Anyhow, you are NOT alone in feeling down.  If you can find it in you to force yourself to be busy and out more than you are, if forces your mind to think about and focus on other things than your immediate perceived circumstance.  Its not easy.  It was hard for me, has to be even harder for you.  START LIVING!

 

Oh yeah, and I drink caffeine :-)  I probably shouldn't but hey, I gave up gluten...  The coffee stays :-)

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Oh yeah, and I drink caffeine :-)  I probably shouldn't but hey, I gave up gluten...  The coffee stays :-)

 
Oh, Amen to that!!! Yesterday I was thinking about how incredibly peeved I would have been had I found out that coffee had gluten. I shudder at the thought... :wacko:
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    • Thanks, I'll check that out. I may have to apply for my own Medicare card in order to get any kind of coeliac-testing done beyond the screen (see above post.)  No, nobody has even mentioned it. I'm unsure if my doctor knows that I do not need to use my hands to vomit, or if she knows about the involuntary vomiting.  I have a part time job at McDonald's and make around $150 per week, which is how I afford to smoke. Mostly, I spend my money on (generally gluten-containing) binge food and cigarettes. I did attempt to start saving money, but then my shifts were cut at work - which meant I had more time to study, but no money, which was kind of pointless. It's complicated. Here in Australia, cigarettes are $25 per pack. These aren't fancy cigarettes either, just your run-of-the-mill Marlboro 20s. Thanks for caring. I am trying to stop I've had the vomiting thing all my life, way before I started smoking. And no, I'm not sure. I know he had an endoscopy and the flattened villi, but I'm not sure if he got a blood test - I assume he would have done, don;t know if it was the full panel. Supposedly he has this FODMAP thing, which I'll admit that I know next to nothing about. Interestingly, people who have to follow low-FODMAP or no-FODMAP diets can't eat gluten either, so there's that. 
    • Would a coeliac screen be the same as a test for antibodies, then? I have no idea why it was even included in my list of tests. It could be my brother, or my symptoms, or both - regardless, I can't say I know too much about the testing.  It's possible that my brother has coeliac disease, I really do worry about it sometimes. He was told to follow a strict low-FODMAP diet by his doctor, and eventually my parents stopped caring. Occasionally they will remind him not to eat things like pasta, greasy foods, etc. because of his condition, but by and large they don't care. He basically just eats whatever he wants. I'm not sure if it affects him or not. However, he isn't shorter than other family members - my dad is 183cm, and my brother is 178cm at the age of 14. Our mother is 173cm.  I do think I have bad digestion, yes. I get gassy and very bloated often, as well as constipated phases (and then following that, diarrhea phases.)  I have tried to ask my mum to call the doctor to get the tests done, but I'm hesitant to mention anything to do with gluten as I know they won't believe me, solely because a good friend of mine has celiac disease. I know they'll think I'm doing it for attention, or to be trendy, when in actual fact I'm just tired of being sick and having no explanation for it other than diet. I'm positive it's not dairy, as I was vegan for a couple of months at one stage. When I went back to eating animal products, I had no issues whatsoever.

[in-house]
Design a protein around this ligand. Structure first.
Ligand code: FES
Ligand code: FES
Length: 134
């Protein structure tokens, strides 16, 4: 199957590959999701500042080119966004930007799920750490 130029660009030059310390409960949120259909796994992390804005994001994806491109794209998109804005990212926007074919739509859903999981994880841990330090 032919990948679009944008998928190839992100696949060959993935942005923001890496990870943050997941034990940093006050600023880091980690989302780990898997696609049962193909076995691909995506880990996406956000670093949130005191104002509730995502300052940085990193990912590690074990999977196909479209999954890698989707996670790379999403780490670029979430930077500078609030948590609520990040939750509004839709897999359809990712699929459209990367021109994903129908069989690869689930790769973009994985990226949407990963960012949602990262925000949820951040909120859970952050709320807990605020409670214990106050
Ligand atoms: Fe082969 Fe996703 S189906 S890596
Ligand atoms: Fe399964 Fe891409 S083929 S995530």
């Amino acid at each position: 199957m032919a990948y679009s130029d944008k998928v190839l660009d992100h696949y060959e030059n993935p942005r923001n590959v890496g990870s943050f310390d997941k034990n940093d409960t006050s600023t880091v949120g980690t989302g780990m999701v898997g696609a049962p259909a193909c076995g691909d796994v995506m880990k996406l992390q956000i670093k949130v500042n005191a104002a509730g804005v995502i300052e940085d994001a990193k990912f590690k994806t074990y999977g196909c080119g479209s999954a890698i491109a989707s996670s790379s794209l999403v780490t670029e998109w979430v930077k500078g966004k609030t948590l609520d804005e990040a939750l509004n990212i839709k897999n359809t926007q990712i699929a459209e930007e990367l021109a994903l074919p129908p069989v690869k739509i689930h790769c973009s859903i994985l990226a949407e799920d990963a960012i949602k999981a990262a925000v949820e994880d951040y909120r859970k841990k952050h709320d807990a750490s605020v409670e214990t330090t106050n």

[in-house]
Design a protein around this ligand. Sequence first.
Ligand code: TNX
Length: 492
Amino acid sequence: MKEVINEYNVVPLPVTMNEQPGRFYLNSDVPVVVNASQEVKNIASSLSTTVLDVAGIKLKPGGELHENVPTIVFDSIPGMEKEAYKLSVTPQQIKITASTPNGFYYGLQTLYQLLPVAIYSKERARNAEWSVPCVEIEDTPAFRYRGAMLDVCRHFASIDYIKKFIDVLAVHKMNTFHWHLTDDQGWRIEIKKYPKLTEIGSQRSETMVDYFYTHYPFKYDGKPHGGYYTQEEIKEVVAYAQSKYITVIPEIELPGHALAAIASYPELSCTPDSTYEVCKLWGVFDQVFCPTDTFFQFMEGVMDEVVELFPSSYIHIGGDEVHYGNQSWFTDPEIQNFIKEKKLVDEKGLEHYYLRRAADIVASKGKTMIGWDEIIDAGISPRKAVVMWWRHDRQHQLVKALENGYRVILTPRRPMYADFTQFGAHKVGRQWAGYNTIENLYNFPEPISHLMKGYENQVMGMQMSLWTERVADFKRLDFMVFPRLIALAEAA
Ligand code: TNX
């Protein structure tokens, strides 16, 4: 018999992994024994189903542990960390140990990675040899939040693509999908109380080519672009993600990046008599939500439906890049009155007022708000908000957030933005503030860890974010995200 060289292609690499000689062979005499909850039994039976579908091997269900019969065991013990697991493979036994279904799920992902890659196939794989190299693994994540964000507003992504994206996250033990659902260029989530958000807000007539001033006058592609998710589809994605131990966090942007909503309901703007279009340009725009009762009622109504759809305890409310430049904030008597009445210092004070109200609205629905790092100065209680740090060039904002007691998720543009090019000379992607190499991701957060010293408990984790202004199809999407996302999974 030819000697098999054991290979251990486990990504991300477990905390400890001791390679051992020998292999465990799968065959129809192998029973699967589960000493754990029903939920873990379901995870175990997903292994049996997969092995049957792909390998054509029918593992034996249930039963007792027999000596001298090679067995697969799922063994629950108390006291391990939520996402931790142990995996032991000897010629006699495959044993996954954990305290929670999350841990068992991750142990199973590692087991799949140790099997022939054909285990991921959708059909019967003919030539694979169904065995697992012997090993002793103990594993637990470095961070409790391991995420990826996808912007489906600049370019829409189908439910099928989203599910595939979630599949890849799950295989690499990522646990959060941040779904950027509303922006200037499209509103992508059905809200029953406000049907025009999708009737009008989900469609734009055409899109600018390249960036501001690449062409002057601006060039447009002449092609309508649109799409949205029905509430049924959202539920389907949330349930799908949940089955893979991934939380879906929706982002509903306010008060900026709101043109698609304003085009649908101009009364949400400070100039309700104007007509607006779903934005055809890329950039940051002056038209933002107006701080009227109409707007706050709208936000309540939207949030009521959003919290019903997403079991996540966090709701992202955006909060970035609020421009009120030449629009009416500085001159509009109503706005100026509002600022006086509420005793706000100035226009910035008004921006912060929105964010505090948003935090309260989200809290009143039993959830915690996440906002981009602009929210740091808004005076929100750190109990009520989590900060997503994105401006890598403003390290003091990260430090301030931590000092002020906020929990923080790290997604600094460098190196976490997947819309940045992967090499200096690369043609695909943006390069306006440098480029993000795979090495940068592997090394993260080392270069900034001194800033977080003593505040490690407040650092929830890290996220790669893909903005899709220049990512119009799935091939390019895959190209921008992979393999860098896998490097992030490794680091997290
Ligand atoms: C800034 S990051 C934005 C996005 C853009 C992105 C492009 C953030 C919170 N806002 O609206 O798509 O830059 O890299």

• He had the IgG ELISA done as well as other blood panels, fecal and saliva tests. He is on an elimination diet right now where foods that score above 0.2 are eliminated for 2-6 months depending on the score, then added back slowly after the detox period.  I am aware that there is a lot of controversy over the IgG, and I'm not here to go into that issue, but I can say with certainty that eliminating the additional foods he reacted to has seen a huge reduction in the symptoms that persisted after cutting gluten and dairy. We will be attempting to add rice back in around October, and see how he does but until then I still need a solution for a baking mix.  I tried to wing it a bit with pumpkin bread today and my attempt was okay but not great. The loaf sank a bit and was overly chewy.  So, to my original question....recipes?
    • Ask the doctor's office!  But usually you can eat right after if you feel like it.  But ask them!  Some of them will try to give you crackers, so you may want to bring some gluten-free applesauce or Rice Chex
    • I'm wondering if he doesn't have an oat problem. He was only dx'd several months ago and really shouldn't use oats for a year after dx. Just thinking out loud. I too am wondering how the rice was picked out of all those other flours to be determined to be affecting him.